ENGLEWOOD, Colo. (AP) — The defense has long done the heavy lifting in Denver no matter who's the Broncos quarterback, and so far it's not different with Russell Wilson under center.
The Broncos' new $245 million man has struggled to find a foothold in Nathaniel Hackett's West Coast offense.
Wilson is off to the slowest start of his career, completing less than 60% of his passes and throwing for just two touchdowns in his first three games following his big trade from Seattle.
And yet, Russell has engineered consecutive fourth-quarter comebacks against Houston and San Francisco, putting the Broncos (2-1) atop the AFC West alongside Kansas City heading into this weekend's grudge match at Las Vegas (0-3), where the Raiders have dropped three close games under former Broncos head coach Josh McDaniels.
Last week Wilson overcame a career-high nine three-and-outs with one clock-consuming, yardage-chewing drive that resulted in Melvin Gordon's winning touchdown run with four minutes left in Denver's 11-10 victory over the San Francisco 49ers.
That marked the Broncos' first conversion in seven red zone trips, and it was all made possible by Denver's defense keeping things close enough for Wilson to pull off his fourth-quarter magic for a second straight week.
“I was just proud of my defense, man," Wilson said after watching Jimmy Garoppolo get sacked four times and the Niners commit three turnovers.
Wilson remains hopeful for his offense, saying once it comes together, it'll be spectacular.
“We're still all learning each other,” Wilson said, “it's a whole new system.”
The Broncos are averaging a paltry 14.3 points per game as Wilson and Hackett work out the wrinkles and speedsters Jerry Jeudy (ribs) and KJ Hamler (knee, hip) work their way back to health.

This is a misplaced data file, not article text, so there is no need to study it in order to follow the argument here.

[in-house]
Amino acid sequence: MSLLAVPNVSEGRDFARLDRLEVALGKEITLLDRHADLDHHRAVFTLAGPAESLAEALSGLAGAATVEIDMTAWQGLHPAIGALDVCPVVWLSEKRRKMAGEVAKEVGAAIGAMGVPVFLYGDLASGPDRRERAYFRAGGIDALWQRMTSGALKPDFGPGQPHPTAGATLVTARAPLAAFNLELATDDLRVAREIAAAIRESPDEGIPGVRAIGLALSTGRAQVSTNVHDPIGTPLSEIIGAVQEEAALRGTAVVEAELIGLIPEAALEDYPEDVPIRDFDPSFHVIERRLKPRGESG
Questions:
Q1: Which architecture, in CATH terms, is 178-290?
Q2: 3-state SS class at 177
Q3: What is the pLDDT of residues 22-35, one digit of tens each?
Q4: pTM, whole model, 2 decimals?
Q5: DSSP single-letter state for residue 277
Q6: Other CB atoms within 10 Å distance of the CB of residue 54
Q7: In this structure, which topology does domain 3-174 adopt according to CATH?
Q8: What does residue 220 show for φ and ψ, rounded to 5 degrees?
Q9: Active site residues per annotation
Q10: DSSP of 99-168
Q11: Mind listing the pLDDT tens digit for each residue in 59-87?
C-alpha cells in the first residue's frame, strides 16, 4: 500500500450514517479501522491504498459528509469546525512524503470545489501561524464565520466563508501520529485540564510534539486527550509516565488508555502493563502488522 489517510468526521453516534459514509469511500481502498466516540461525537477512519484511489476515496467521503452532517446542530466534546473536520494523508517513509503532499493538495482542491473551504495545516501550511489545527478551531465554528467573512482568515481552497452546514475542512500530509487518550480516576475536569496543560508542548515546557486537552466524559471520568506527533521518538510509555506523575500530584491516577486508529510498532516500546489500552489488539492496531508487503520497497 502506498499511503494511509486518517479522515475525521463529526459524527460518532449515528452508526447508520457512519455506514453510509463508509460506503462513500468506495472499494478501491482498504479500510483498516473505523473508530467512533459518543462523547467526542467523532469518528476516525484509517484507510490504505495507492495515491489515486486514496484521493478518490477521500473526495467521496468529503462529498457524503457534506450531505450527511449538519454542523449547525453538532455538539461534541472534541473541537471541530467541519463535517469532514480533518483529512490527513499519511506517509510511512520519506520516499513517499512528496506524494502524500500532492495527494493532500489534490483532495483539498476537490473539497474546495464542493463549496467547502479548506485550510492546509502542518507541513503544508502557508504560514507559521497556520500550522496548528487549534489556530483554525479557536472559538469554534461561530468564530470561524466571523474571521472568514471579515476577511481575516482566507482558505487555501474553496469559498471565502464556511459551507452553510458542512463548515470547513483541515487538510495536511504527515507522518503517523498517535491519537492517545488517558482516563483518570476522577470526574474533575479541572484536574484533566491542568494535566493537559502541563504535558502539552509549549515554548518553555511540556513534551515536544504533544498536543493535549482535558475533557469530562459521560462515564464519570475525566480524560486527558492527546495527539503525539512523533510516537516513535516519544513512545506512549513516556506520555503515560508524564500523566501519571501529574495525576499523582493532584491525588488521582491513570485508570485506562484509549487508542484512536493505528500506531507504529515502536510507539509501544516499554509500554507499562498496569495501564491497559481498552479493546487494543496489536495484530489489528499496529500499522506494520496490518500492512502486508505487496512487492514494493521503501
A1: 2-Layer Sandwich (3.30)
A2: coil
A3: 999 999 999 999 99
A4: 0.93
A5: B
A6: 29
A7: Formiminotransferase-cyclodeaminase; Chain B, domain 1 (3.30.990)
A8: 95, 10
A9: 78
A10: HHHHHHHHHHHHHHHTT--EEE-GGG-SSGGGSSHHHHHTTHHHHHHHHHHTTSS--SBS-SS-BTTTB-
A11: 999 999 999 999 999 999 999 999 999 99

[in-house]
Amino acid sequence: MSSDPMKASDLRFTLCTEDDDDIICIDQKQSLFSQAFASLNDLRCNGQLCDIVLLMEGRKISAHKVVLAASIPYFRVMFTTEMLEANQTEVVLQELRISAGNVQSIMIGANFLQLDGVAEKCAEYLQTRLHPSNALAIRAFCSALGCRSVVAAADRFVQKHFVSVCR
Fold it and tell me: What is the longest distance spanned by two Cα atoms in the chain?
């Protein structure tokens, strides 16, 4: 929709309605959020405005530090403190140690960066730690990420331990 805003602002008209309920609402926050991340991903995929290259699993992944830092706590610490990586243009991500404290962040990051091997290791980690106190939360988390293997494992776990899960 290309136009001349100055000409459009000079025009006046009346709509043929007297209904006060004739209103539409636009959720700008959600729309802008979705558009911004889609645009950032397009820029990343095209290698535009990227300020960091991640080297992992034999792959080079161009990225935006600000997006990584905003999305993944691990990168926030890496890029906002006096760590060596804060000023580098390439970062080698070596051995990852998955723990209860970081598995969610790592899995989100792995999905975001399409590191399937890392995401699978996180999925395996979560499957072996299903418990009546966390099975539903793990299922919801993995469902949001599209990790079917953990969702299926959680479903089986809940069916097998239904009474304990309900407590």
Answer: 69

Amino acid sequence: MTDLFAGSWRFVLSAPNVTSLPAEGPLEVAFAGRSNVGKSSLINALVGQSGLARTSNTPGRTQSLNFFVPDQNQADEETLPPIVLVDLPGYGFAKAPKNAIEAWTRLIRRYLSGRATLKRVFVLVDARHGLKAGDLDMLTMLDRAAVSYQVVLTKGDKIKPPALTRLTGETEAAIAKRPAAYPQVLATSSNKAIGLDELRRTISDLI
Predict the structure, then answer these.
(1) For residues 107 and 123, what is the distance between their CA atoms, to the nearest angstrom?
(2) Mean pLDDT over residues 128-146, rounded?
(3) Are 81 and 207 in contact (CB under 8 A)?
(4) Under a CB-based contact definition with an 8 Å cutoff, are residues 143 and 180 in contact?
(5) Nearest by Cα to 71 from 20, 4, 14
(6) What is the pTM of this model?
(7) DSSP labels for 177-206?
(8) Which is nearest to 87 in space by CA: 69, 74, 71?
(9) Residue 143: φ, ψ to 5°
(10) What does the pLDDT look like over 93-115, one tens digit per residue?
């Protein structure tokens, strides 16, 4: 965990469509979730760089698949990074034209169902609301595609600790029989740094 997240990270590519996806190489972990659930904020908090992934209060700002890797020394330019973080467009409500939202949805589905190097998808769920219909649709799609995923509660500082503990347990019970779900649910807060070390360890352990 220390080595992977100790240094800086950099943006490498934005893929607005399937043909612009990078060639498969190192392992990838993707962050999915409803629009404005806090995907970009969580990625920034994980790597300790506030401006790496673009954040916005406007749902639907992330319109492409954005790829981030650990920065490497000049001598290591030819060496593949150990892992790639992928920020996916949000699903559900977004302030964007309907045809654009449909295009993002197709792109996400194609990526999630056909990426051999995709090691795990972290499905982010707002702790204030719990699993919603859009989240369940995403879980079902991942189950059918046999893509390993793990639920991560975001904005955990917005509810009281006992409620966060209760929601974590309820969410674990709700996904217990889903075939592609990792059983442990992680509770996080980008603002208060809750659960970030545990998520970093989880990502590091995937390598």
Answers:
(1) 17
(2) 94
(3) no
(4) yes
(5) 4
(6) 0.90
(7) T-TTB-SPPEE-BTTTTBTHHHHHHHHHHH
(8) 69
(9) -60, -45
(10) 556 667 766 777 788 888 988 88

Only the Indianapolis Colts (13.3) are having a harder time scoring points than the Broncos.
Denver's defense, on the other hand, is allowing just 12 points a game, second in the league behind the Buccaneers (9.0), despite being without star safety Justin Simmons, who injured a thigh in the opener at Seattle and is out until mid-October.
“I don’t mean to sound too brash,” said linebacker Bradley Chubb, “but I think we’re the best defense in the league.”
The Broncos make a good argument.
Cornerback Patrick Surtain II is shutting down an entire half of the field, and Chubb and his new pass-rushing partner, Randy Gregory, have combined to get five sacks and force three fumbles.
Both are coming off surgeries. Gregory had a shoulder operation after signing as a free agent this spring and missed much of the offseason program. Chubb had more ankle surgeries last year (two) than sacks (zero).
Gregory has seven tackles, two sacks, five quarterback hits, two forced fumbles and two tackles for loss so far.
Chubb has seven tackles, three for a loss, three sacks, five quarterback hits and a forced fumble.
The Broncos have allowed just six second-half points.
The previous time they allowed seven or fewer points after three weeks was way back in 1977 and the “Orange Crush” days. They're also the first team since the 2008 Titans to have allowed seven or fewer second-half points through Week 3 of a season.
“We’re just going to stay together as a team," Chubb said. “On the offensive side of the ball, I know they’re going to get it right and everything will fall into place and the flood gates are going to open.”
Broncos punter Corliss Waitman won AFC special teams player of the week honors after placing six punts inside the 20 against the Niners in just his fifth NFL game. He also received a game ball from Hackett in the boisterous locker room afterward. Asked what he did with that memento, Waitman said Wednesday, “I slept with it.”
The line of the day, however, belonged the usually stoic Wilson in response to Eli Manning's good line this week that the Broncos should have paid their punter $245 million instead.
“You talking about Chad Powers?” Wilson deadpanned. “I'm 3-0 against Chad Powers.”